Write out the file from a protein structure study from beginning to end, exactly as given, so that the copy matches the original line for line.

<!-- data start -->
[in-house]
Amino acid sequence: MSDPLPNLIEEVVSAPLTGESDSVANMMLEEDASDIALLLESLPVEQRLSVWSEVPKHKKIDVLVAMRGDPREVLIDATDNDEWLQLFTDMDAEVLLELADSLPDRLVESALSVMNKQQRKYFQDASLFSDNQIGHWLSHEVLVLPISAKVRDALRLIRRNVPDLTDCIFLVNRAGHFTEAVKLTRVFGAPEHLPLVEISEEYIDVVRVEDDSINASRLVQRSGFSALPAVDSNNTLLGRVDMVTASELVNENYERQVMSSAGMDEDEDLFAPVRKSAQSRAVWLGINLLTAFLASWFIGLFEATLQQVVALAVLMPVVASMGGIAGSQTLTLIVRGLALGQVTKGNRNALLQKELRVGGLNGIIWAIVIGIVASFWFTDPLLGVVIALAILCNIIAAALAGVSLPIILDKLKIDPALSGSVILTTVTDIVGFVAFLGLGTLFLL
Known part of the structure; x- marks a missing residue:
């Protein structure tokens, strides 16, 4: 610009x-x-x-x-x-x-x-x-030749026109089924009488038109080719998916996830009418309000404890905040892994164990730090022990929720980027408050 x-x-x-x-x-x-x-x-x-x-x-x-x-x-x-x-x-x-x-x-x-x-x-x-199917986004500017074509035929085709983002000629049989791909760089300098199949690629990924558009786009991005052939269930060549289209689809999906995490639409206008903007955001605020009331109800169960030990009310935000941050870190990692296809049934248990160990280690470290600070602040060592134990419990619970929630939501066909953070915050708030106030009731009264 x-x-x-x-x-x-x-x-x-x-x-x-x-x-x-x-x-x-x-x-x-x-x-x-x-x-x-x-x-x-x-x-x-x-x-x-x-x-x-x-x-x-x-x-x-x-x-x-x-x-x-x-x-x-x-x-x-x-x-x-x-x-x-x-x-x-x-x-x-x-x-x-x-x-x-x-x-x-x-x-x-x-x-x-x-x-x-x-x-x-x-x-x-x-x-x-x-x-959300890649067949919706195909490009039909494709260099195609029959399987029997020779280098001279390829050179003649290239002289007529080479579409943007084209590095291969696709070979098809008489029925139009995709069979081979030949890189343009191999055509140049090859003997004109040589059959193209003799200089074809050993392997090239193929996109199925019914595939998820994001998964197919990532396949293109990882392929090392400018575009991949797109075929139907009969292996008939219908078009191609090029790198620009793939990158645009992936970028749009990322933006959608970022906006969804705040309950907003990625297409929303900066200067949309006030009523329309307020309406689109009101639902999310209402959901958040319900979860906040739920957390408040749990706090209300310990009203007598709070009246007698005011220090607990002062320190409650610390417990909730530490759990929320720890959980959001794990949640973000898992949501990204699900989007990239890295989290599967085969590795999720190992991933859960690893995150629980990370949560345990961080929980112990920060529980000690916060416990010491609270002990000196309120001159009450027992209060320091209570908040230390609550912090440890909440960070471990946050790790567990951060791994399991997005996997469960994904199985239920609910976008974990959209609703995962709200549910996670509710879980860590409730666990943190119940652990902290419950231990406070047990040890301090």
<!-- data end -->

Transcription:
[in-house]
Amino acid sequence: MSDPLPNLIEEVVSAPLTGESDSVANMMLEEDASDIALLLESLPVEQRLSVWSEVPKHKKIDVLVAMRGDPREVLIDATDNDEWLQLFTDMDAEVLLELADSLPDRLVESALSVMNKQQRKYFQDASLFSDNQIGHWLSHEVLVLPISAKVRDALRLIRRNVPDLTDCIFLVNRAGHFTEAVKLTRVFGAPEHLPLVEISEEYIDVVRVEDDSINASRLVQRSGFSALPAVDSNNTLLGRVDMVTASELVNENYERQVMSSAGMDEDEDLFAPVRKSAQSRAVWLGINLLTAFLASWFIGLFEATLQQVVALAVLMPVVASMGGIAGSQTLTLIVRGLALGQVTKGNRNALLQKELRVGGLNGIIWAIVIGIVASFWFTDPLLGVVIALAILCNIIAAALAGVSLPIILDKLKIDPALSGSVILTTVTDIVGFVAFLGLGTLFLL
Known part of the structure; x- marks a missing residue:
């Protein structure tokens, strides 16, 4: 610009x-x-x-x-x-x-x-x-030749026109089924009488038109080719998916996830009418309000404890905040892994164990730090022990929720980027408050 x-x-x-x-x-x-x-x-x-x-x-x-x-x-x-x-x-x-x-x-x-x-x-x-199917986004500017074509035929085709983002000629049989791909760089300098199949690629990924558009786009991005052939269930060549289209689809999906995490639409206008903007955001605020009331109800169960030990009310935000941050870190990692296809049934248990160990280690470290600070602040060592134990419990619970929630939501066909953070915050708030106030009731009264 x-x-x-x-x-x-x-x-x-x-x-x-x-x-x-x-x-x-x-x-x-x-x-x-x-x-x-x-x-x-x-x-x-x-x-x-x-x-x-x-x-x-x-x-x-x-x-x-x-x-x-x-x-x-x-x-x-x-x-x-x-x-x-x-x-x-x-x-x-x-x-x-x-x-x-x-x-x-x-x-x-x-x-x-x-x-x-x-x-x-x-x-x-x-x-x-x-x-959300890649067949919706195909490009039909494709260099195609029959399987029997020779280098001279390829050179003649290239002289007529080479579409943007084209590095291969696709070979098809008489029925139009995709069979081979030949890189343009191999055509140049090859003997004109040589059959193209003799200089074809050993392997090239193929996109199925019914595939998820994001998964197919990532396949293109990882392929090392400018575009991949797109075929139907009969292996008939219908078009191609090029790198620009793939990158645009992936970028749009990322933006959608970022906006969804705040309950907003990625297409929303900066200067949309006030009523329309307020309406689109009101639902999310209402959901958040319900979860906040739920957390408040749990706090209300310990009203007598709070009246007698005011220090607990002062320190409650610390417990909730530490759990929320720890959980959001794990949640973000898992949501990204699900989007990239890295989290599967085969590795999720190992991933859960690893995150629980990370949560345990961080929980112990920060529980000690916060416990010491609270002990000196309120001159009450027992209060320091209570908040230390609550912090440890909440960070471990946050790790567990951060791994399991997005996997469960994904199985239920609910976008974990959209609703995962709200549910996670509710879980860590409730666990943190119940652990902290419950231990406070047990040890301090």